For after-hours emergencies, in addition to in-home euthanasia, Blue Door recommends contacting Compassionate Care. Per their website: "Compassionate Care is a local mobile veterinary service dedicated to providing peaceful cat and dog euthanasia in the privacy and stress-free environment of home for pets in the Portland and Salem, OR, and Vancouver, WA, and outlying areas." Aftercare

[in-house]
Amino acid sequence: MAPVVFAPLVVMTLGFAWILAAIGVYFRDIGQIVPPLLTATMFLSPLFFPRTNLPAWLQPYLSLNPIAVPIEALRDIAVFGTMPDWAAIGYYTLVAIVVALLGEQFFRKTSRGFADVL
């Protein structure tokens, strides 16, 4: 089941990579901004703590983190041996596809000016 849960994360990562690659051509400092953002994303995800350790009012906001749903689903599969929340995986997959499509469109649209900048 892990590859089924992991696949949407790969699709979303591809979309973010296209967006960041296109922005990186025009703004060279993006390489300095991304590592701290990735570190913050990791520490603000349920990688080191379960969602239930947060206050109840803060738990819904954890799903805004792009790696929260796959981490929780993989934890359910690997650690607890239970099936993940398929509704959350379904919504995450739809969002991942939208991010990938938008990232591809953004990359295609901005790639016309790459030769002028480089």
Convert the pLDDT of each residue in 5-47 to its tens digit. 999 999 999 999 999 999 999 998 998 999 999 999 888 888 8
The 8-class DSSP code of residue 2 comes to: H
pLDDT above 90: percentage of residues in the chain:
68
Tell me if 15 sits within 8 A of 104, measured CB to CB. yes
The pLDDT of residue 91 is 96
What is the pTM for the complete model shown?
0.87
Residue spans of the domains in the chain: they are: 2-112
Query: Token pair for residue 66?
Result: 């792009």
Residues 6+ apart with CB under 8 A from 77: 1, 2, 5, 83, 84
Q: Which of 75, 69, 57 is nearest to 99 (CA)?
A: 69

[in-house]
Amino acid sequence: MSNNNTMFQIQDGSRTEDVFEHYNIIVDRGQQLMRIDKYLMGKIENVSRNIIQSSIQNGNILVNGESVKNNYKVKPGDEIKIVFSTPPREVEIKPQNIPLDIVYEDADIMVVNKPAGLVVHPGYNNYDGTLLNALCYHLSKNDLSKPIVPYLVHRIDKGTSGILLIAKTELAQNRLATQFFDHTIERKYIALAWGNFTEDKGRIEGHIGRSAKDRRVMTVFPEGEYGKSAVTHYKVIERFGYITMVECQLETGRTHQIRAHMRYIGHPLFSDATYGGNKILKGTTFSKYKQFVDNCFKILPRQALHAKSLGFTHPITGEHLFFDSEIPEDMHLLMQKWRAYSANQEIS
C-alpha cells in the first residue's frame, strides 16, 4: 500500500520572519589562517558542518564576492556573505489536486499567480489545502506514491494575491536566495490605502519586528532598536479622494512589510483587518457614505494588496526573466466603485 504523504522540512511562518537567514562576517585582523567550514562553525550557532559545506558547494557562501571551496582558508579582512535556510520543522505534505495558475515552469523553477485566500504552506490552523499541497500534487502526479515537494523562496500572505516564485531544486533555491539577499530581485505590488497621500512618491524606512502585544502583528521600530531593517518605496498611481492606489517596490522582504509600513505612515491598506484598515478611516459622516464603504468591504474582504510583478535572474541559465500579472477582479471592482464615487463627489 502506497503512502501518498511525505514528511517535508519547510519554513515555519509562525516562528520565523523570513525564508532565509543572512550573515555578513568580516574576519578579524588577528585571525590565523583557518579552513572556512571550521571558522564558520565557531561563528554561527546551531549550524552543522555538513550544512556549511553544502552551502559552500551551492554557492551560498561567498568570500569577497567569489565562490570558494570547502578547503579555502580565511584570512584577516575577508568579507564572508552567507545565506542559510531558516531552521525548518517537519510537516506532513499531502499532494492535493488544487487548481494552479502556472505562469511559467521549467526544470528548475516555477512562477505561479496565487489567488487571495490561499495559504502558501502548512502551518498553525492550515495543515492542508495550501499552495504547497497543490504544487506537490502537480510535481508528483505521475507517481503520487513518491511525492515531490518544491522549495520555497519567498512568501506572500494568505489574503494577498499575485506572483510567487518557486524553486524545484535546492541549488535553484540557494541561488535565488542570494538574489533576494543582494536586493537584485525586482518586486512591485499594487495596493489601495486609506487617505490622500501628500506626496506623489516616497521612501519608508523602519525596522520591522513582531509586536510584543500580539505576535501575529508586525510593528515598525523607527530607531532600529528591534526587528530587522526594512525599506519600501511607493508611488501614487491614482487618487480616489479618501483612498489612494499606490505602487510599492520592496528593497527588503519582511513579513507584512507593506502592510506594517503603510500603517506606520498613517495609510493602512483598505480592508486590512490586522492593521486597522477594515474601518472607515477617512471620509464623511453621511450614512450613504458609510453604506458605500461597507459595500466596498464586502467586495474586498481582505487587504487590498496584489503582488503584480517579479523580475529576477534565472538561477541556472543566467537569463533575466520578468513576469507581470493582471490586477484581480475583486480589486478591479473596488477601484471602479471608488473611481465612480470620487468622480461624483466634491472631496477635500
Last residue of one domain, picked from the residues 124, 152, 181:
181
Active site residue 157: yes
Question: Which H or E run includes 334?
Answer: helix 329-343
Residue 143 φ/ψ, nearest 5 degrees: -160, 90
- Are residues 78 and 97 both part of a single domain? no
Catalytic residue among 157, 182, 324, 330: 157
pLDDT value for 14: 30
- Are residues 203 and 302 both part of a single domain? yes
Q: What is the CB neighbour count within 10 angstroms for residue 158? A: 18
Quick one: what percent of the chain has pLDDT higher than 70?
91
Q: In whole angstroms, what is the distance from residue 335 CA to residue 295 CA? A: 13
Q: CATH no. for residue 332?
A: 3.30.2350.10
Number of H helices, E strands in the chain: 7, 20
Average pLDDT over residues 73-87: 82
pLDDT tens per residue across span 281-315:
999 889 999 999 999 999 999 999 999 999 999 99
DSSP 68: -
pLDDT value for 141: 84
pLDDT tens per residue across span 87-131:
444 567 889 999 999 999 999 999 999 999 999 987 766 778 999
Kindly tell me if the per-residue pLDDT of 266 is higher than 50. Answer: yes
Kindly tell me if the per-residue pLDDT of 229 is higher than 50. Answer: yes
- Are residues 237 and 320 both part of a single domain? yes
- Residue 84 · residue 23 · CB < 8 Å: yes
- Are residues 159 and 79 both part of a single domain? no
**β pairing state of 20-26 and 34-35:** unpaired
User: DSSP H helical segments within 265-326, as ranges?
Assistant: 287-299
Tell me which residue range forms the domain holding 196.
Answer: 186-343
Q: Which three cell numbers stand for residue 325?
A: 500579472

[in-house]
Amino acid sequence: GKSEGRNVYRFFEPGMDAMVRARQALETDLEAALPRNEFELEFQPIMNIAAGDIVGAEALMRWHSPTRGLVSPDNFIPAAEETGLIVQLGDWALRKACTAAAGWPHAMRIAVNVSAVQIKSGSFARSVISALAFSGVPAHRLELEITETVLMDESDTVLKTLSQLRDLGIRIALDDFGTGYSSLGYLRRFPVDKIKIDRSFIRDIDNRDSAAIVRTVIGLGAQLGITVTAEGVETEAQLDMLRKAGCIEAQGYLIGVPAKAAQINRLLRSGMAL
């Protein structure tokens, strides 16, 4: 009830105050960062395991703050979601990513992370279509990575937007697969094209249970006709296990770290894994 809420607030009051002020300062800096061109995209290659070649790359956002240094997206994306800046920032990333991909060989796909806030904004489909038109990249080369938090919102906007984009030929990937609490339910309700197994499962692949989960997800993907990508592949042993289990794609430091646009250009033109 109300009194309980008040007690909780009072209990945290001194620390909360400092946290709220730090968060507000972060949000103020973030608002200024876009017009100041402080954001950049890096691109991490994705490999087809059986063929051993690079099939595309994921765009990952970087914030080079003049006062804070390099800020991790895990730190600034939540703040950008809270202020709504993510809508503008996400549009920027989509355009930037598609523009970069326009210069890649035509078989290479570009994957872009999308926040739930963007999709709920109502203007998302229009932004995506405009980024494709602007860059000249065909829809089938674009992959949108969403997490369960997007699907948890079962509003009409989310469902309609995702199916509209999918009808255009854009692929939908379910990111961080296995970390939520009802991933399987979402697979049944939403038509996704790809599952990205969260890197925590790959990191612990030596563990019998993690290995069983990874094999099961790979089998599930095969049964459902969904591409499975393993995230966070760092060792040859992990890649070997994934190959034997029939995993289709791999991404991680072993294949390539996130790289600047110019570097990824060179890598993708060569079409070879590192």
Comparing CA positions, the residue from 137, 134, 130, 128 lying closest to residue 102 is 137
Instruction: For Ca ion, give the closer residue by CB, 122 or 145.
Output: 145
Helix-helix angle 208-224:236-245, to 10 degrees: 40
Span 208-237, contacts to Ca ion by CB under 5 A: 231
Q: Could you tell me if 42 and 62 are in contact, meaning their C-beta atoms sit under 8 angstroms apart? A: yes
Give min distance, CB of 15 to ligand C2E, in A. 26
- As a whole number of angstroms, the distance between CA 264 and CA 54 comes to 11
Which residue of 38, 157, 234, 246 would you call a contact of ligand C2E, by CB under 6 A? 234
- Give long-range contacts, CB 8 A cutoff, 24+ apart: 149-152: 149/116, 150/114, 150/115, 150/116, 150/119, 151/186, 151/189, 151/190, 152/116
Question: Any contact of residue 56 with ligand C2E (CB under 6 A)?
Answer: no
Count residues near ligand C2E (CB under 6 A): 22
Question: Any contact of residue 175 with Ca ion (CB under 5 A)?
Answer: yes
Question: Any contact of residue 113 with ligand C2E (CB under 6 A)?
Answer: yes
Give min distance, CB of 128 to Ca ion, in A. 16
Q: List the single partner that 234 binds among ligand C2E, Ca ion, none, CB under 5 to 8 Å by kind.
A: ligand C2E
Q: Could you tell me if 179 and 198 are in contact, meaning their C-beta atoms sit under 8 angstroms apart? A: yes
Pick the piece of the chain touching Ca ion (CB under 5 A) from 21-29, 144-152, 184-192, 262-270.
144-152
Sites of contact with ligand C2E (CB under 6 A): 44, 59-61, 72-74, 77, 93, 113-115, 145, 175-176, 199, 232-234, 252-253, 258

If you own your own home, you can bury pets and honor them with burial markers. If you decide to bury pet remains, be sure to dig deep enough so that the remains don't attract digging scavengers... three feet, at the very least. Before digging, be sure to call your local utilities office so that they can mark the ground for any buried gas/water/sewer/power lines. What's nice about at-home burial is that you have the option to make it as simple or elaborate as you want. Say a few simple words, or create a beautiful casket, memorialize the spot by planting a tree... it's up to you. If you don't have a patch of land to call your own, you may opt to have your pets cremated. If you've had your pet euthanized at your vet's office, or by the in-home services mentioned above, they will handle cremation services for you, using the crematory companies they work with. Just be sure to indicate how you want the remains cremated... communally or privately. If you want to ensure you receive your pet's ashes back, opt for private cremation. Memorializing How you decide to remember your pets is a very personal choice. But, the number of options available to help you decide are pretty extensive. Talk to your vet about what sort of options they, specifically, provide (each may be a little bit different). For example, Blue Door Veterinary Services offers paw prints (both impressions cast in clay and in print using ink), fur clippings, and private and communal cremation services. Some vets also offer the option of providing urns for the ashes. Or, you could purchase your own and have it engraved (I'm thinking specifically of the keepsake boxes offered through Things Remembered that a friend of mine had made). What's nice about this option is that you have a large selection to choose from, anything from porcelain to wood, with a beautiful and engrave-able plaque that can be customized to read anything your heart desires.